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BCG vaccine appears to protect patients with type 1 diabetes from COVID-19 infection

BCG vaccine appears to protect patients with type 1 diabetes from COVID-19 infection

Multiple does of the Bacillus Calmette-Guerin (BCG) vaccine appears to offer patients with type 1 diabetes strong protection against COVID-19, researchers reported on August 15, 2022 in Cell Reports.

“Multiple studies have shown that adults with type 1 diabetes who are diagnosed with COVID-19 are at increased risk of severe illness,” said lead Denise Faustman, MD, PhD, director of the Immunobiology Laboratory at Massachusetts General Hospital in Boston. “We found that three doses of BCG administered prior to the start of the pandemic prevented infection and limited severe symptoms from COVID-19 and other infectious diseases.”

As background, the authors noted that the BCG vaccine is an avirulent tuberculosis strain Mycobacterium bovis usually administered as prophylaxis against tuberculosis. It has been the most widely administered vaccine in medical history.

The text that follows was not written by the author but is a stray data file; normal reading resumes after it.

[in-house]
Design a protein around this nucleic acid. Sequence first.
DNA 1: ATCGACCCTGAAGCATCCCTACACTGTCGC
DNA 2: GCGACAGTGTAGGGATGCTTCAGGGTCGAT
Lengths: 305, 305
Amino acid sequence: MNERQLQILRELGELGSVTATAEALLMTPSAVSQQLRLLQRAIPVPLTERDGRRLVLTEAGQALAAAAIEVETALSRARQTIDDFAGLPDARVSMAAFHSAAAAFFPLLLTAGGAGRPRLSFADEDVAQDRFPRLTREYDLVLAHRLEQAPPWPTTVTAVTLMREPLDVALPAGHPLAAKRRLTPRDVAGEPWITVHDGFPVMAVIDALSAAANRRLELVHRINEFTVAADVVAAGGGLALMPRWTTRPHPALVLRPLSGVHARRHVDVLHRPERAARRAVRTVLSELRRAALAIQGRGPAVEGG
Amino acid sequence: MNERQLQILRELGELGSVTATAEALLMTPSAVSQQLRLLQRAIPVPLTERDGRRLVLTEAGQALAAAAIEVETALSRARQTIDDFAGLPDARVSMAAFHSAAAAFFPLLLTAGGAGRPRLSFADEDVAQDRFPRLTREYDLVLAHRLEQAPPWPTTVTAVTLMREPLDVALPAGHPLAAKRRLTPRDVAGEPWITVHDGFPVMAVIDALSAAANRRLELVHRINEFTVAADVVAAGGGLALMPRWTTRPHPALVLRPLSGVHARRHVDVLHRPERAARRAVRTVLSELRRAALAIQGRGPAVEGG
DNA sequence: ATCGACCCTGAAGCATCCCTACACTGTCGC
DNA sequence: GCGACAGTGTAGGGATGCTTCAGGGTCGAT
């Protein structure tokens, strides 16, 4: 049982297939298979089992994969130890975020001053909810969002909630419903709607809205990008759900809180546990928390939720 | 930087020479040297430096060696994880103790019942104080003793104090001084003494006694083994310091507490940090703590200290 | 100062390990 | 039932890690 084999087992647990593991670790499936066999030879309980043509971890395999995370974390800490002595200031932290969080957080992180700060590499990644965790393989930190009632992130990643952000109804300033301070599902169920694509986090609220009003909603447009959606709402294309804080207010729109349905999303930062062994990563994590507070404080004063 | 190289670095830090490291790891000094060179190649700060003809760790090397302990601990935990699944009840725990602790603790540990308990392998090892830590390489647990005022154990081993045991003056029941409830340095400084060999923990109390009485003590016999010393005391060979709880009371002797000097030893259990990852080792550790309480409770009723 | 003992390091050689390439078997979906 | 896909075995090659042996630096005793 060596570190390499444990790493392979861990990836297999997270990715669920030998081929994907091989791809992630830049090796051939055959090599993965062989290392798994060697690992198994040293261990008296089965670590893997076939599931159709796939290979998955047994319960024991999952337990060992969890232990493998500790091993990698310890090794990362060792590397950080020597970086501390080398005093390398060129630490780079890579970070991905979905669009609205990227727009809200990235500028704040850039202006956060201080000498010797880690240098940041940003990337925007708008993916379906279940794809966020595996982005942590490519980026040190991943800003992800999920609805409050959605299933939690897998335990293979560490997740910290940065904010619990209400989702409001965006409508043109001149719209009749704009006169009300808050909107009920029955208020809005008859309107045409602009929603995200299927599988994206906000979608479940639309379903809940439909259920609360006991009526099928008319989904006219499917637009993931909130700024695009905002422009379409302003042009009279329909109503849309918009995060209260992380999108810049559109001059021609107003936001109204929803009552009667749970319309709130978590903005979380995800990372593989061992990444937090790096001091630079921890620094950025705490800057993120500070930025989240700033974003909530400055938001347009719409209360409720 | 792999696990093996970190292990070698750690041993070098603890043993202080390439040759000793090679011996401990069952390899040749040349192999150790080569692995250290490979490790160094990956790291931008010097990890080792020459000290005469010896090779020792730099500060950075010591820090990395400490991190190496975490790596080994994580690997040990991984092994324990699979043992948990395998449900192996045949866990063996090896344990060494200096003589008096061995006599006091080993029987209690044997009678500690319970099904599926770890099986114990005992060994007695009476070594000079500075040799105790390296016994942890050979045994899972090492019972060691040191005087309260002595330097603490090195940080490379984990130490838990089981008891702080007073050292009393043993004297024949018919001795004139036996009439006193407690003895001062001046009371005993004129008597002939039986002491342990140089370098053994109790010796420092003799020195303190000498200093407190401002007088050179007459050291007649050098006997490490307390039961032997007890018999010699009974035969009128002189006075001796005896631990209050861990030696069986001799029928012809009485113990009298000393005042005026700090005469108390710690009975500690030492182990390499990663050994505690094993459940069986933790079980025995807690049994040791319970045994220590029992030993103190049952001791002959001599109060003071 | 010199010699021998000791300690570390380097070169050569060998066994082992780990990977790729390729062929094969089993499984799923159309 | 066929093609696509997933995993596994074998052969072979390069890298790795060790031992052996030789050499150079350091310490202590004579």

The subjects in the COVID trial had previously been enrolled in a trial testing the efficacy of BCG vaccine against a variety of infections among persons with type 1 diabetes.

Subjects had received multiple BCG vaccinations prior to the onset of the pandemic in early 2020. With the onset of COVID, the investigators added COVID to the group of diseases for which the BCG vaccine was being tested.

There were 144 adult type 1 diabetics (96 BGC treated and 48 placebo treated) enrolled in the COVID-19 trial. They were followed for COVID-19 related outcomes for 15 months.

“During this time period of this trial, other COVID-19 vaccines were not yet available and therefore had no influence on this study,” the authors noted.

There were no drop-outs over the 15-month trial.

The investigators reported that 12.5% of placebo-treated and 1% of BCG-treated subjects developed confirmed COVID-19, with an efficacy for BRG vaccination of 92%.

“The BCG group also displays fewer infectious disease symptoms and lesser severity, and fewer infectious disease events per patient, including COVID-19,” the researchers said.

The investigators reported no BCG-related systemic adverse events.

The authors concluded, “BCG’s broad-based infection protection suggests that it may provide platform protection against new SARS-CoV-2 variants and other pathogens.”

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